In the fragment

I feel a warmth full of desire

That now is pleasure, now is agony.

I freeze, and then feel my soul burning

there is the entire strain of the investment object. If it is the external object to warm us we risk impoverishing ourselves of warmth (libido) if the object does not ‘respond’. The investment becomes an emptying which in fragile structures can lead to death.

The theme was well represented in the film “Dangerous Liaisons” 1988, directed by Stephen Frears, based upon Christopher Hampton’s play “Les liaisons dangereuses”. You may remember how the co-protagonist Valmont (played by John Malkovich), instigated by the perverse Marquise de Merteuil (Glenn Close) seduces the simple and disarming Madame de Tourvel (Michelle Pfeiffer), who with her beauty and purity strikes and captivates him, thenceforth abandoning her without any reason obsessively repeating the sentence “It is beyond my control.” 
The young lady, overcome with pain, humiliation and shame, dies from depression and blood letting.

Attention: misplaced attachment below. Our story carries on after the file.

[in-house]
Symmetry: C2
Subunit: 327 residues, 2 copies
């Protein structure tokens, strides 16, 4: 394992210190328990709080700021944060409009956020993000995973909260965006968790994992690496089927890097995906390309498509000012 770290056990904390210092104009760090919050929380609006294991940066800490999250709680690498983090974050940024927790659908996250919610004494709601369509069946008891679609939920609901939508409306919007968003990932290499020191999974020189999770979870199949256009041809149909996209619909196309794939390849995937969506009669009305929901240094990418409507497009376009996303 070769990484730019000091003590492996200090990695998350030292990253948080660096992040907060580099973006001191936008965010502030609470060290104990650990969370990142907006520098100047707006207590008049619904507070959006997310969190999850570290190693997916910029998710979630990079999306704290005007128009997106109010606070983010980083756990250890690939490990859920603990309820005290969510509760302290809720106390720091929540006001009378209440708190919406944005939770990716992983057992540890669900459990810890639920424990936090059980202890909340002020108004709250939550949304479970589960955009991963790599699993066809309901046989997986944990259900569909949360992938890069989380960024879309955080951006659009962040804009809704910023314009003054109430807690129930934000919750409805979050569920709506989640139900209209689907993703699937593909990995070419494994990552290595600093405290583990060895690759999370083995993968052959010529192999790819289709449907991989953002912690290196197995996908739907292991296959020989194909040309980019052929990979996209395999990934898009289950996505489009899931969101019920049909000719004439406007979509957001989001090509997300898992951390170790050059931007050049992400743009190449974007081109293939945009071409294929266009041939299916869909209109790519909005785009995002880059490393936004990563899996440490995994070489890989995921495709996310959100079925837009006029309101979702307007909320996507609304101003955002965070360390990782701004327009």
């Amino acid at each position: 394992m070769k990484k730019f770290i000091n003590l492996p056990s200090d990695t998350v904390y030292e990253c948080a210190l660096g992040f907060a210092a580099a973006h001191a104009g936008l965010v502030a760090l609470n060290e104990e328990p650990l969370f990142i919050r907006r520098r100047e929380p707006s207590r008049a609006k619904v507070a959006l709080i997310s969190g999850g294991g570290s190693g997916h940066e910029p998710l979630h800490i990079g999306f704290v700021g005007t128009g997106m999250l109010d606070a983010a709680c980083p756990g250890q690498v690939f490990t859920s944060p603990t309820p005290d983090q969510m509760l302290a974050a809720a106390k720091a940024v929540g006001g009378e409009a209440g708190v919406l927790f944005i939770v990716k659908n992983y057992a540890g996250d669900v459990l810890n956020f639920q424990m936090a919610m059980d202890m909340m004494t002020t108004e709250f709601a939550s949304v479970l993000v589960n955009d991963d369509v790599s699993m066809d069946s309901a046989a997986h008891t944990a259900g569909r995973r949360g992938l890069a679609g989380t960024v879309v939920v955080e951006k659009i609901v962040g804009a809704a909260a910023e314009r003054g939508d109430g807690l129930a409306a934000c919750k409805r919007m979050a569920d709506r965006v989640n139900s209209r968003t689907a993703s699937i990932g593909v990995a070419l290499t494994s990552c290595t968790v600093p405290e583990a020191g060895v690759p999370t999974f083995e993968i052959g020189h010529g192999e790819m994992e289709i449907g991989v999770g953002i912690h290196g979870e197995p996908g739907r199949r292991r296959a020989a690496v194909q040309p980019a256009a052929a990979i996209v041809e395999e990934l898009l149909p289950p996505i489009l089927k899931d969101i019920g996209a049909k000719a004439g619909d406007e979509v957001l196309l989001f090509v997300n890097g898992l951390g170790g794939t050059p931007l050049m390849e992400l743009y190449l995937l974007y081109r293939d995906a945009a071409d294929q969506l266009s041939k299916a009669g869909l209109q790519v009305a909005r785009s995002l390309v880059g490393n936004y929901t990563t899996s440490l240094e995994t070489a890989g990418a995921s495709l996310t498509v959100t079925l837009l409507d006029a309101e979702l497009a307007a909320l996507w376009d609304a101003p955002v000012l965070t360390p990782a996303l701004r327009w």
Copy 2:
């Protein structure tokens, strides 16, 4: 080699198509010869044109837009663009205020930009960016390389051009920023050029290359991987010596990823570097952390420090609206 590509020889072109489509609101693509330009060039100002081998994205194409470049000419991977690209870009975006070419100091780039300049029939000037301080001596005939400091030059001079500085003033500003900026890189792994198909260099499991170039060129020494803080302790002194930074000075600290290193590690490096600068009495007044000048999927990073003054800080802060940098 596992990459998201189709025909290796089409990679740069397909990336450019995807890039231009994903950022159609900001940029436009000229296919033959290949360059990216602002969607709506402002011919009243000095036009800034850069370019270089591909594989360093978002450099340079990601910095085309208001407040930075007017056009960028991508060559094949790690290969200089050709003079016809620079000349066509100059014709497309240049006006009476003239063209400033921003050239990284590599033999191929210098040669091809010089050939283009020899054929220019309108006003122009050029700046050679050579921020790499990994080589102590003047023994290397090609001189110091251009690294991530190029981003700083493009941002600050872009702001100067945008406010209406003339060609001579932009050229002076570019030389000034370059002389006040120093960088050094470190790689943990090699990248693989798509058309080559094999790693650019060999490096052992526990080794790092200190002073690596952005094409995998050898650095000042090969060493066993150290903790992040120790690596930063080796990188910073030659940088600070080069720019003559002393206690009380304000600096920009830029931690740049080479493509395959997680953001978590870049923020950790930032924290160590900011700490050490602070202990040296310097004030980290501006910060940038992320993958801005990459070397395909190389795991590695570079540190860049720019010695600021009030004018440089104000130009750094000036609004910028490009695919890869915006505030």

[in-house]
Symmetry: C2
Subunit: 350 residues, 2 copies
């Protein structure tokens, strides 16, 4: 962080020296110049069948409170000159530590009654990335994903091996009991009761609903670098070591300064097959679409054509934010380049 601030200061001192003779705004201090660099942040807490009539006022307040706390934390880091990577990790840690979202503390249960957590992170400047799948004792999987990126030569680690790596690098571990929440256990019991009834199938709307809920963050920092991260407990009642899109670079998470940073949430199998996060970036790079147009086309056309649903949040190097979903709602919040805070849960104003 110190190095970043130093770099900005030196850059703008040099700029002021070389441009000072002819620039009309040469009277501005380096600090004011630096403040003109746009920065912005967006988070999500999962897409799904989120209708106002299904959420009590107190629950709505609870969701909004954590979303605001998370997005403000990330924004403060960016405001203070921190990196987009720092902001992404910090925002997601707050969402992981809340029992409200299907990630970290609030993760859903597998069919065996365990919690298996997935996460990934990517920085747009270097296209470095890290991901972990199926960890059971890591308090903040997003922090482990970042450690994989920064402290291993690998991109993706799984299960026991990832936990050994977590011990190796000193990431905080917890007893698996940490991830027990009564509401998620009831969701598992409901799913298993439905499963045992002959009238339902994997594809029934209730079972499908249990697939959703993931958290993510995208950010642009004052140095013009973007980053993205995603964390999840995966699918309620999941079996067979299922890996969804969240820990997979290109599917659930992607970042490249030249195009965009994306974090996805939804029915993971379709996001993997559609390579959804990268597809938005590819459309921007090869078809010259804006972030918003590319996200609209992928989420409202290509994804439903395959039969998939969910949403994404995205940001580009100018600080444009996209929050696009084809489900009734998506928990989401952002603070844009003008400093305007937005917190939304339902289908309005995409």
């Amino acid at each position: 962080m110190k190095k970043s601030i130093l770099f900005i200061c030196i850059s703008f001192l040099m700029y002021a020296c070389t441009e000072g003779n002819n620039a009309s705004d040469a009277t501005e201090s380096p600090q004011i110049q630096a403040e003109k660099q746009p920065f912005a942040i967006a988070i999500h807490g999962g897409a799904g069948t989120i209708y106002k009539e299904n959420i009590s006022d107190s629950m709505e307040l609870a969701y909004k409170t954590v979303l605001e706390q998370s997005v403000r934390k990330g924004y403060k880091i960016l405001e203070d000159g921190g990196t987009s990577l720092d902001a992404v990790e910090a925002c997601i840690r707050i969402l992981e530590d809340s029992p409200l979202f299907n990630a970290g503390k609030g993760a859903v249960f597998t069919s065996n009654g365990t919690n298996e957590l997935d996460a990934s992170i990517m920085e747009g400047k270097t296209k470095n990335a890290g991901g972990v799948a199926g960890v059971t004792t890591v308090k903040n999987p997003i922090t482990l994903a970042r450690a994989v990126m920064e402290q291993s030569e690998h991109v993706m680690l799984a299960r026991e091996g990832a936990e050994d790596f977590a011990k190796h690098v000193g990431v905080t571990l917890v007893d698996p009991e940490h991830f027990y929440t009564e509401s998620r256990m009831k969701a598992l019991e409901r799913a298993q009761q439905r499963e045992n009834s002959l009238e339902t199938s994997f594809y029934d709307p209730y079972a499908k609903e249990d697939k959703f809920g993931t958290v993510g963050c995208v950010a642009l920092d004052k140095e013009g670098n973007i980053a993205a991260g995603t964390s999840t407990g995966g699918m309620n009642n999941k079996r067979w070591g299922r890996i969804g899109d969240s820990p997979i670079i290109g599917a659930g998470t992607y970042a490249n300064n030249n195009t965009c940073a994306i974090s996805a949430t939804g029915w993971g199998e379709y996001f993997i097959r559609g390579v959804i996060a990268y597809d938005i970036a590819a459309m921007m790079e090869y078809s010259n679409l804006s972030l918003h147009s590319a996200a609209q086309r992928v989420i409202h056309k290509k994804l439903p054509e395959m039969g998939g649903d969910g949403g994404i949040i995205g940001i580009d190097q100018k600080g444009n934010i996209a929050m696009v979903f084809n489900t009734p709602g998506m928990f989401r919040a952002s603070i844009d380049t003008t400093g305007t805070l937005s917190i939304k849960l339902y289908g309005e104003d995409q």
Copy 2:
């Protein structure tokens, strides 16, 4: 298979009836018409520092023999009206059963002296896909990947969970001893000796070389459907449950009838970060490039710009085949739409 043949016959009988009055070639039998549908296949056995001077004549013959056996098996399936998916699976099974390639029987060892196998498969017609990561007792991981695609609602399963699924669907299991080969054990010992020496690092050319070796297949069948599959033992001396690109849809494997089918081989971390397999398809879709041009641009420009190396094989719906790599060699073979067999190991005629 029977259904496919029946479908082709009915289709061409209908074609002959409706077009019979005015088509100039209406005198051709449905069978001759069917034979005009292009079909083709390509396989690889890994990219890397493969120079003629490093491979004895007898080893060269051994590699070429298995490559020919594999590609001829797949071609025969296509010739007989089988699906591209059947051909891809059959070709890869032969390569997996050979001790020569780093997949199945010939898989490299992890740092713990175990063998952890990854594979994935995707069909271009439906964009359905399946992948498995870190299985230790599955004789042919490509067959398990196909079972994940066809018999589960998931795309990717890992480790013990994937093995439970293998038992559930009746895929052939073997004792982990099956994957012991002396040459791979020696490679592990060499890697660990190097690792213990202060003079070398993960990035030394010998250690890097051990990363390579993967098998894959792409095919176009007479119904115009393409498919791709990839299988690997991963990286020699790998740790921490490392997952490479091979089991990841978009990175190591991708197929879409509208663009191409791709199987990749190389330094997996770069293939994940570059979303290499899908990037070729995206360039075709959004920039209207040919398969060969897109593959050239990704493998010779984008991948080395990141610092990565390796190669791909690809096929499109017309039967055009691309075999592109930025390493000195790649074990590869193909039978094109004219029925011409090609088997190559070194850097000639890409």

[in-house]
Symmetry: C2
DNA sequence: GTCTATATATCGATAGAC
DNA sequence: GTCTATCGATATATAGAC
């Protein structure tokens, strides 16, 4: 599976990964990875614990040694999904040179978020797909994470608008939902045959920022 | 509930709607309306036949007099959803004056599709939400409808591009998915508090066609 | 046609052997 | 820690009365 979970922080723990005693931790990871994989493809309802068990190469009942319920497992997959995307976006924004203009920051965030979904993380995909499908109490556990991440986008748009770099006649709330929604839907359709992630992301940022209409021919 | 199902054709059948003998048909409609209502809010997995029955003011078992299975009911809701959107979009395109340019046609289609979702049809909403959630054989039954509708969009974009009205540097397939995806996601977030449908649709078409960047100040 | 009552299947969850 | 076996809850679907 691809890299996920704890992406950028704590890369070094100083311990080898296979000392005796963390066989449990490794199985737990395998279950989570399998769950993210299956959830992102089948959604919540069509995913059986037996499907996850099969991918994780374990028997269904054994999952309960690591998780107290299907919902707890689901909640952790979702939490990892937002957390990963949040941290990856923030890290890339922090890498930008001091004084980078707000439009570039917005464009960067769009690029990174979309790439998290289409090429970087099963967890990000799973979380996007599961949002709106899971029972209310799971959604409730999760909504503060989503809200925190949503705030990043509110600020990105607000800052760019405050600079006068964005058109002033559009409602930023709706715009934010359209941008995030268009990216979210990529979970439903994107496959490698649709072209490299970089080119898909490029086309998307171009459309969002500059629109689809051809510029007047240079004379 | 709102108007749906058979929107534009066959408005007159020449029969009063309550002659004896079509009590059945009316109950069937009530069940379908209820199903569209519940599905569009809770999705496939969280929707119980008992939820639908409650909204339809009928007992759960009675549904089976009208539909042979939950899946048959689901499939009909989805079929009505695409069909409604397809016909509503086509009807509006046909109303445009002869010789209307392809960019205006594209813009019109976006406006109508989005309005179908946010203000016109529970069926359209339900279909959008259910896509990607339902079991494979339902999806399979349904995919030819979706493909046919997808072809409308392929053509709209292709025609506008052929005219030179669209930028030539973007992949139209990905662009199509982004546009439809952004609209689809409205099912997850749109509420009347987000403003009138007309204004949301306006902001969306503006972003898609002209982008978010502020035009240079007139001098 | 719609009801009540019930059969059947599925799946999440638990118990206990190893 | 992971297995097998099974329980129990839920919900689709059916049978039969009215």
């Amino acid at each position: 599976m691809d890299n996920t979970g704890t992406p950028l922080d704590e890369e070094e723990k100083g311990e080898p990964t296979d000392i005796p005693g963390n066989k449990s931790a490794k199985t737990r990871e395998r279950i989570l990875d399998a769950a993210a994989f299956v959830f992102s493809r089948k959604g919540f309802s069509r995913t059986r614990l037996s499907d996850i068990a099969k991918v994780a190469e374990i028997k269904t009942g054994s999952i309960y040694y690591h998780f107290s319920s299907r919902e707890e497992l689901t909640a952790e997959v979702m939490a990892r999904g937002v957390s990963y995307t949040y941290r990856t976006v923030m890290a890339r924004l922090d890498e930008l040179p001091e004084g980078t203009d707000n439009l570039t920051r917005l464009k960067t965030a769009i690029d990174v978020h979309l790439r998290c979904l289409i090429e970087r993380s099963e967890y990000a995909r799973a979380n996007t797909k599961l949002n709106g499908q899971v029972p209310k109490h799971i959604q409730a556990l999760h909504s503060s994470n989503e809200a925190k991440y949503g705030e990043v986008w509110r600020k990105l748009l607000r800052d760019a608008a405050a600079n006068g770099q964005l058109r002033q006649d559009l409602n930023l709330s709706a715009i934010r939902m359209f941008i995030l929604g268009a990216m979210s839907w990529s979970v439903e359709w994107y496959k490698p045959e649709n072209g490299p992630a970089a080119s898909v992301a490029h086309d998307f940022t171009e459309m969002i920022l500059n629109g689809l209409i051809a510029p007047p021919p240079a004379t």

Cherubino represents, so to speak, the ‘erotic motor’ of the event, the animator of all approaches and betrayals, true or presumed. The amorous excitation which appears in him at a precocious age, in such an unexpected and uncontrollable way, is a new fact of which he does not realise nor intuit the cause. 
It is energy that emerges from the depths, it is emotional living which knocks arrogantly at the door, leaving him confused and agitated. 
Energy which he knows not where it comes from nor where it leads, but for which he experiments that sensation of uneasiness and to which, nevertheless, it is wonderful to abandon oneself to, even for a moment. It is the feminine that bursts forcefully into Cherubino’s slender structure, shaking him from his foundations.

From a “Novel in Search of an Author”:

“It happened at my first piano performance. I wasn’t ten yet and, before then, my contact with the piano was completely solitary: but even the presence, in that occasion, of other smaller or older children gave me a certain thrill. Who knows, perhaps for the imminent chance of exhibiting myself and receiving smiles and pleased glances. She was at the most a few years older than me and she had to “start the dance”  with three brief Mozart pieces: Minuet, Aria and Canzonetta. She had only just begun, when I started to feel a certain buzz never felt before that I could not explain to myself: perhaps the grace of the music, beyond its execution, perhaps the hem of her skirt that in a slovenly manner moved backwards and forwards with every movement of the pedal, perhaps her humble almost resigned expression.